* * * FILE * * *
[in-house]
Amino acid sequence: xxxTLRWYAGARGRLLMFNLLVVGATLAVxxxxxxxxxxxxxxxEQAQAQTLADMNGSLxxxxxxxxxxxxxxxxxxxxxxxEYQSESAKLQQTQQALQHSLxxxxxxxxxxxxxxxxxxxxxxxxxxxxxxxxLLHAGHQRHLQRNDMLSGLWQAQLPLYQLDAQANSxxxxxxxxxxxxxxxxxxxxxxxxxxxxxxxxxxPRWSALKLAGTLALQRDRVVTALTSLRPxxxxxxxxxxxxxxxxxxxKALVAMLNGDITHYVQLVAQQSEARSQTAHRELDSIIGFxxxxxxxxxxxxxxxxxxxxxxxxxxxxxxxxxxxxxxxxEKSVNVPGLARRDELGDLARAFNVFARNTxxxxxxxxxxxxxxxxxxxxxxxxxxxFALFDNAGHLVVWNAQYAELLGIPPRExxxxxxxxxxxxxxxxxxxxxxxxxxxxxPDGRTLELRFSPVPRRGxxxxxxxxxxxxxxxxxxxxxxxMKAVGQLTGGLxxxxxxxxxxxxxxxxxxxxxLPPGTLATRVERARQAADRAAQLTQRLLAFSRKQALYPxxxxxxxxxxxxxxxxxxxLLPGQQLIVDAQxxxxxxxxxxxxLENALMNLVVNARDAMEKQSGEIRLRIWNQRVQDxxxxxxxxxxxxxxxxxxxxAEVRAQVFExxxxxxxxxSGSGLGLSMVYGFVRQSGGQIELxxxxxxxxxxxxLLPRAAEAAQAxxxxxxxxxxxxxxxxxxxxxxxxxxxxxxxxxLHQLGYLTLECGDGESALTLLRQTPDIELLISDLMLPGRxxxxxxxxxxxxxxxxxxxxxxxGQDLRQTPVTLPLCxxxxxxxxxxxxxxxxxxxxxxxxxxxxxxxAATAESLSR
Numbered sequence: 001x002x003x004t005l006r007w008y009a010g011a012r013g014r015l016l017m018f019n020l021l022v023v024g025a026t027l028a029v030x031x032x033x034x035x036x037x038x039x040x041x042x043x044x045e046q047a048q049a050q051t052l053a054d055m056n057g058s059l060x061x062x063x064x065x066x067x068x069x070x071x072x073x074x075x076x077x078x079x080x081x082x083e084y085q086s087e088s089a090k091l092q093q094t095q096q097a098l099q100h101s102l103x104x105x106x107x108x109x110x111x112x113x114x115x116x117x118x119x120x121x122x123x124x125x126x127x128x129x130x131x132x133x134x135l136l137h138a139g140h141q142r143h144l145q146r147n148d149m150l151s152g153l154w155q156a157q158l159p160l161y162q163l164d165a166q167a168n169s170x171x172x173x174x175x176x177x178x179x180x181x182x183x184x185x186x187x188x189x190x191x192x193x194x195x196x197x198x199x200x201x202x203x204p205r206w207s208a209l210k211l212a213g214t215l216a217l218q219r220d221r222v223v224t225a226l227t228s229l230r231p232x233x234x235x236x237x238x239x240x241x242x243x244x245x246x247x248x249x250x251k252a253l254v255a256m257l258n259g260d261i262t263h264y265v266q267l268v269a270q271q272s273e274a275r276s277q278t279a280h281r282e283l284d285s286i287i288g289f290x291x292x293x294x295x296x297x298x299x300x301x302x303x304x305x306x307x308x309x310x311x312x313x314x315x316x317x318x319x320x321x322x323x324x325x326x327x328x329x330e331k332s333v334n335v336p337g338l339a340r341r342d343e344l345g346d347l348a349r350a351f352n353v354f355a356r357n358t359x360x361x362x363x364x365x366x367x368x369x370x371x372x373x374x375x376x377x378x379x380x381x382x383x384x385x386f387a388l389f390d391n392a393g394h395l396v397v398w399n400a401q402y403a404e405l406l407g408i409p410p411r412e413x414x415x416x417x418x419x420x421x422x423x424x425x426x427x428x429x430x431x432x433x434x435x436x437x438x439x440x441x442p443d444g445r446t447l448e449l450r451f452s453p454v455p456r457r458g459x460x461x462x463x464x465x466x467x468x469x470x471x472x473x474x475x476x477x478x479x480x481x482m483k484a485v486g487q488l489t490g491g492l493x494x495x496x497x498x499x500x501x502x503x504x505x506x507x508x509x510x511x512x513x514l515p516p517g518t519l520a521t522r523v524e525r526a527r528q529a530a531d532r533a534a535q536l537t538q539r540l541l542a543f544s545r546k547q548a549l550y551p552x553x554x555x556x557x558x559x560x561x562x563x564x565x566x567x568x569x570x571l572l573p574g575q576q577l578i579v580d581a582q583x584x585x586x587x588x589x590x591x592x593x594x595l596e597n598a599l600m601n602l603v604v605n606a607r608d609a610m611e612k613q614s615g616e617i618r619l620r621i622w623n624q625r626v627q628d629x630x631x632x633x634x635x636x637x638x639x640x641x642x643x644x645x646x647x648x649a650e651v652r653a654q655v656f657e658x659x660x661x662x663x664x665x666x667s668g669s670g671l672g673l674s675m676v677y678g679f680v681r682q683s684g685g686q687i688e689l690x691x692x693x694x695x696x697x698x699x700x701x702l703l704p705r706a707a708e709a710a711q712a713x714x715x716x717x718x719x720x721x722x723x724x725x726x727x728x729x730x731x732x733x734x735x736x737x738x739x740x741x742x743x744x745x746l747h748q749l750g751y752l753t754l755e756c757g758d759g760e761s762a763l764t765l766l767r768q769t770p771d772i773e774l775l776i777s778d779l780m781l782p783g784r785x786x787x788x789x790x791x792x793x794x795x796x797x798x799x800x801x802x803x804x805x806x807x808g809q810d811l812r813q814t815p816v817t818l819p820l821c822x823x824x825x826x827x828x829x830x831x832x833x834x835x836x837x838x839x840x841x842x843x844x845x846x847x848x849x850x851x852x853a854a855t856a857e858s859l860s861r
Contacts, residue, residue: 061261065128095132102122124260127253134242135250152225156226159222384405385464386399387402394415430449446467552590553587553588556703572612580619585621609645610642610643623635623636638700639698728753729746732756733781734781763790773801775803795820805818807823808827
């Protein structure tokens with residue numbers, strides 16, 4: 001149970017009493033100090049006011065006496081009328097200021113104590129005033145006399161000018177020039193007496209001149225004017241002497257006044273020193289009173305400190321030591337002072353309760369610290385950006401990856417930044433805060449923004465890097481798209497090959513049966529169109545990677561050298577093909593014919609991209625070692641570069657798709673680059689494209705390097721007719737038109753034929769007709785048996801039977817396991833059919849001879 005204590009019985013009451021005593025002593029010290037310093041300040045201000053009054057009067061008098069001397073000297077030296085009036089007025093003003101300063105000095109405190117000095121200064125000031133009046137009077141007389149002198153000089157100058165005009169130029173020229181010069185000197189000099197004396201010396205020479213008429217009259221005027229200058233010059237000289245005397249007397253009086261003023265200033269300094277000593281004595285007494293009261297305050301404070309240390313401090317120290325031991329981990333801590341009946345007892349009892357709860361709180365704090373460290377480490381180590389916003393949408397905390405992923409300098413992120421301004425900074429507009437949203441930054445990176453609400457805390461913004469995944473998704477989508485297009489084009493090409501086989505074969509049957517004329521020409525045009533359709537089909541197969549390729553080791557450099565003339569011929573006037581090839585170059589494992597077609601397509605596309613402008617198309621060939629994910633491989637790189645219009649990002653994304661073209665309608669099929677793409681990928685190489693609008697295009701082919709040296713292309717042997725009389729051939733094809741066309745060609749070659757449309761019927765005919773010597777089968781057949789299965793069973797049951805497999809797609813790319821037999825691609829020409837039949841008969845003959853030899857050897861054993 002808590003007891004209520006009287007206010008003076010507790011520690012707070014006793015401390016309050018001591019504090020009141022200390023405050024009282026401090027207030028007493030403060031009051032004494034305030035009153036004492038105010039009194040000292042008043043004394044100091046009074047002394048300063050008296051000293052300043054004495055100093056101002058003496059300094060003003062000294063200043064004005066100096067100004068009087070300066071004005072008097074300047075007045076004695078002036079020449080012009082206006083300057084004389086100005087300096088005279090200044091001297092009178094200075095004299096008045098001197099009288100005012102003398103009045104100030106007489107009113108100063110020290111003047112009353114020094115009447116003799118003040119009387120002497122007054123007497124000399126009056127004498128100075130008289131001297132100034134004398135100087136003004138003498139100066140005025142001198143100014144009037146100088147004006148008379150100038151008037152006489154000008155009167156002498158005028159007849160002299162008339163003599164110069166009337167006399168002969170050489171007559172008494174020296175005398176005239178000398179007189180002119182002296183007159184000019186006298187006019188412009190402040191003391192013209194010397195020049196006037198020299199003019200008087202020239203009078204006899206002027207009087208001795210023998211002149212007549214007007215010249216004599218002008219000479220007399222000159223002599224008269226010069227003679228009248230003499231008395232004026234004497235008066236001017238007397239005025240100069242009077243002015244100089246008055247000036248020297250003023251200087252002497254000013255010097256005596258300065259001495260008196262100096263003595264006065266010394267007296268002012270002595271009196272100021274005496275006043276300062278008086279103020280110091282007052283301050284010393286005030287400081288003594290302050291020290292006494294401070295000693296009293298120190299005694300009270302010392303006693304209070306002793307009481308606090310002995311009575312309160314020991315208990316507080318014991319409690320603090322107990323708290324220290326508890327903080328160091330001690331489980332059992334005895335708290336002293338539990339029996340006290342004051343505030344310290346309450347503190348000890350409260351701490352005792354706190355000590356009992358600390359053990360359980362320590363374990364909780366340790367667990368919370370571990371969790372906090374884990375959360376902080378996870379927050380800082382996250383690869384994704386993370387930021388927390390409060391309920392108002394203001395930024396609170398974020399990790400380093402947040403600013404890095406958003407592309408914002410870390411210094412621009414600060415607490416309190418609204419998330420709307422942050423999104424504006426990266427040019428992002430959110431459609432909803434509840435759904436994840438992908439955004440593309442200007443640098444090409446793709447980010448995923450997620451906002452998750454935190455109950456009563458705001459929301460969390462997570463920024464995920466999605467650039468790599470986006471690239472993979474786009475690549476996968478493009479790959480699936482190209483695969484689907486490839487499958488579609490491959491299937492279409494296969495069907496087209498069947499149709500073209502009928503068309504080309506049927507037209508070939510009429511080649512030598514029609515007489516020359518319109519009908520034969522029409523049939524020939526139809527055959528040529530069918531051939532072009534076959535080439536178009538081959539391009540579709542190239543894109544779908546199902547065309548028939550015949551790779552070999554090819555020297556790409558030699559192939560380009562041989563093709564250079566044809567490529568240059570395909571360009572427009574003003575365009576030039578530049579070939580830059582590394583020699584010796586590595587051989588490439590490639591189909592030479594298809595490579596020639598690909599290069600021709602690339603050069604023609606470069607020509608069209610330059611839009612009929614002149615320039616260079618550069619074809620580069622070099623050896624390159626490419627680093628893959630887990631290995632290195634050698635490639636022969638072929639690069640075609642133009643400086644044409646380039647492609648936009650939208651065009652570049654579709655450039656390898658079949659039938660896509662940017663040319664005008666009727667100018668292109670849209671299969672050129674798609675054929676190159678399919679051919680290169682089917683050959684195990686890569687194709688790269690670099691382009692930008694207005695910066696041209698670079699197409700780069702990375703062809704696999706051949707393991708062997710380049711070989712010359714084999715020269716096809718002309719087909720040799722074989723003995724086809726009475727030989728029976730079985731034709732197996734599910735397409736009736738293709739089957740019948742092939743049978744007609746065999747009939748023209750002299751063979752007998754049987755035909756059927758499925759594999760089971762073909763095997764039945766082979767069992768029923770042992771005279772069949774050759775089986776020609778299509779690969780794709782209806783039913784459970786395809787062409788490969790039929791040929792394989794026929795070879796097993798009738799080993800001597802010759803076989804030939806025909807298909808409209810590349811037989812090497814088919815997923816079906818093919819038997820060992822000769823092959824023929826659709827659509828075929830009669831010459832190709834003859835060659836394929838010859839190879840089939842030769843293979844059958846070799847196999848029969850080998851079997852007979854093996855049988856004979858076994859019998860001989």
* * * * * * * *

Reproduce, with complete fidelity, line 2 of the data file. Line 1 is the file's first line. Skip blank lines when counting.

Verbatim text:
Amino acid sequence: xxxTLRWYAGARGRLLMFNLLVVGATLAVxxxxxxxxxxxxxxxEQAQAQTLADMNGSLxxxxxxxxxxxxxxxxxxxxxxxEYQSESAKLQQTQQALQHSLxxxxxxxxxxxxxxxxxxxxxxxxxxxxxxxxLLHAGHQRHLQRNDMLSGLWQAQLPLYQLDAQANSxxxxxxxxxxxxxxxxxxxxxxxxxxxxxxxxxxPRWSALKLAGTLALQRDRVVTALTSLRPxxxxxxxxxxxxxxxxxxxKALVAMLNGDITHYVQLVAQQSEARSQTAHRELDSIIGFxxxxxxxxxxxxxxxxxxxxxxxxxxxxxxxxxxxxxxxxEKSVNVPGLARRDELGDLARAFNVFARNTxxxxxxxxxxxxxxxxxxxxxxxxxxxFALFDNAGHLVVWNAQYAELLGIPPRExxxxxxxxxxxxxxxxxxxxxxxxxxxxxPDGRTLELRFSPVPRRGxxxxxxxxxxxxxxxxxxxxxxxMKAVGQLTGGLxxxxxxxxxxxxxxxxxxxxxLPPGTLATRVERARQAADRAAQLTQRLLAFSRKQALYPxxxxxxxxxxxxxxxxxxxLLPGQQLIVDAQxxxxxxxxxxxxLENALMNLVVNARDAMEKQSGEIRLRIWNQRVQDxxxxxxxxxxxxxxxxxxxxAEVRAQVFExxxxxxxxxSGSGLGLSMVYGFVRQSGGQIELxxxxxxxxxxxxLLPRAAEAAQAxxxxxxxxxxxxxxxxxxxxxxxxxxxxxxxxxLHQLGYLTLECGDGESALTLLRQTPDIELLISDLMLPGRxxxxxxxxxxxxxxxxxxxxxxxGQDLRQTPVTLPLCxxxxxxxxxxxxxxxxxxxxxxxxxxxxxxxAATAESLSR